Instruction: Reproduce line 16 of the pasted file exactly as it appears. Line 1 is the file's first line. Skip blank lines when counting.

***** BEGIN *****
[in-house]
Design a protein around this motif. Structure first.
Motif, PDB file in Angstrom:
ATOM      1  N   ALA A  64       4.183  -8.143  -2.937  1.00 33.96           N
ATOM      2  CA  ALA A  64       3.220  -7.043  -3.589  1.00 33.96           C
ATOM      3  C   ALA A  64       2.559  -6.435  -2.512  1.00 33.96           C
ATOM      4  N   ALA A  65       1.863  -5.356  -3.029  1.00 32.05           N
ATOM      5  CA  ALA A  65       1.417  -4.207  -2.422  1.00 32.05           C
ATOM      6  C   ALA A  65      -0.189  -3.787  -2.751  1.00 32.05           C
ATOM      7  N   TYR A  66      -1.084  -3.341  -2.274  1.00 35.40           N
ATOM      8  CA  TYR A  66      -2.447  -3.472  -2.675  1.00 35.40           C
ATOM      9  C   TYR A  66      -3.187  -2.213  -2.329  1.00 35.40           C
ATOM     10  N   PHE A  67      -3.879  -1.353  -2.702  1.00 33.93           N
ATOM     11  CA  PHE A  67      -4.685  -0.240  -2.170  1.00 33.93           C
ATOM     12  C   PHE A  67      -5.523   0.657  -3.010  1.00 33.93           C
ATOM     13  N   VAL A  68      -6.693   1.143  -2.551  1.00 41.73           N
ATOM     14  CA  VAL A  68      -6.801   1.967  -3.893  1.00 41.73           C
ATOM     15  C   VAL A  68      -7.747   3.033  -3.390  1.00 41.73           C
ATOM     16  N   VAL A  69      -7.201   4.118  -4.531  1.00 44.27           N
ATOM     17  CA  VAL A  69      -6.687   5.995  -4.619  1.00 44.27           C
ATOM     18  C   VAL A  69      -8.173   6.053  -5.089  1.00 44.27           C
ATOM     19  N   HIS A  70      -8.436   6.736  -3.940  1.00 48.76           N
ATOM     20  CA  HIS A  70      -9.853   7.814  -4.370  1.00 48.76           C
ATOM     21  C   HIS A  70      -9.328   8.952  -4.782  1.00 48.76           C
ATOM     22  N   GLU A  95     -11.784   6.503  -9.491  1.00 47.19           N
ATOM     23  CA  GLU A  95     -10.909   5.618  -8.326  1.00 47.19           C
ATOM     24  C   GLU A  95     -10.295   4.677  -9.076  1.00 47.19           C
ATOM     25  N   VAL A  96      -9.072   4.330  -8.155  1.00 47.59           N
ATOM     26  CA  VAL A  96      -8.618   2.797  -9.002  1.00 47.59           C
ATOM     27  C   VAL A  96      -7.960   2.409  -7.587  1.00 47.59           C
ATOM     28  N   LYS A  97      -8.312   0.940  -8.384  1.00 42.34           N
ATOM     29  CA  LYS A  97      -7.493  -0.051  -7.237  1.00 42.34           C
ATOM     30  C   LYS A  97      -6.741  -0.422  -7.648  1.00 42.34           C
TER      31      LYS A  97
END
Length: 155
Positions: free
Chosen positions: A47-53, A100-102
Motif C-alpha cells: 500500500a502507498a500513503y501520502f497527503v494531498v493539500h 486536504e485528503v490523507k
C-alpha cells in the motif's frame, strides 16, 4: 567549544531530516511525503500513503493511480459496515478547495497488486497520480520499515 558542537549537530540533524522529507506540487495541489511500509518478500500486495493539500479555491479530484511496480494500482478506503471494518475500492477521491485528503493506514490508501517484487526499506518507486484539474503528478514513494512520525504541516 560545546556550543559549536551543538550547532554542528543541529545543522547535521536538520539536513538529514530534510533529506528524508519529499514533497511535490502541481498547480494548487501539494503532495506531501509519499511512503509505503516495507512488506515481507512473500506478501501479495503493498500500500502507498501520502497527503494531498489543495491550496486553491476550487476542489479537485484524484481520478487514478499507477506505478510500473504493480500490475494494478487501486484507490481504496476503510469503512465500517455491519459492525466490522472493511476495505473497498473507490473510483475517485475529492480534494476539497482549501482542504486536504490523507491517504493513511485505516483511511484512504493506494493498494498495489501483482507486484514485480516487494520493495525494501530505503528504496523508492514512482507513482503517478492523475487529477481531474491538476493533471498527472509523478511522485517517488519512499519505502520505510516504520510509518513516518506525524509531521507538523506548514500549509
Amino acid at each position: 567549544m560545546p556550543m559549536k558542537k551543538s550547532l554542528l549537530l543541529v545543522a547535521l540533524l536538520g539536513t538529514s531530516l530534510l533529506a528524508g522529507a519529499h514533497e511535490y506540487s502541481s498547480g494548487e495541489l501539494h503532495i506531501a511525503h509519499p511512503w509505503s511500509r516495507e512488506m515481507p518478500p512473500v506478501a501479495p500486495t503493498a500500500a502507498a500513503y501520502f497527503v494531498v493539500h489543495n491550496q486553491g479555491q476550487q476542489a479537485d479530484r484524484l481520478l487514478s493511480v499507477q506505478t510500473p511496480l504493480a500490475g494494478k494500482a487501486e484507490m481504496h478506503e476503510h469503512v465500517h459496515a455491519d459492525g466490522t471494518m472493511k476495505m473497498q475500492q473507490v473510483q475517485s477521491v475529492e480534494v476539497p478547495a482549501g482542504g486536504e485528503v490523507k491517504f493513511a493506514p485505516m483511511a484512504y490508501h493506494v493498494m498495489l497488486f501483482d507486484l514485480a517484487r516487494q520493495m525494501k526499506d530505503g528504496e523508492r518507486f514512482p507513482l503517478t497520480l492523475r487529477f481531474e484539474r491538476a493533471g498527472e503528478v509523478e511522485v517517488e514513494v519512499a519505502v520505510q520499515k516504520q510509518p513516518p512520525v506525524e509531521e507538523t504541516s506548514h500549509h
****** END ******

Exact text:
ATOM     13  N   VAL A  68      -6.693   1.143  -2.551  1.00 41.73           N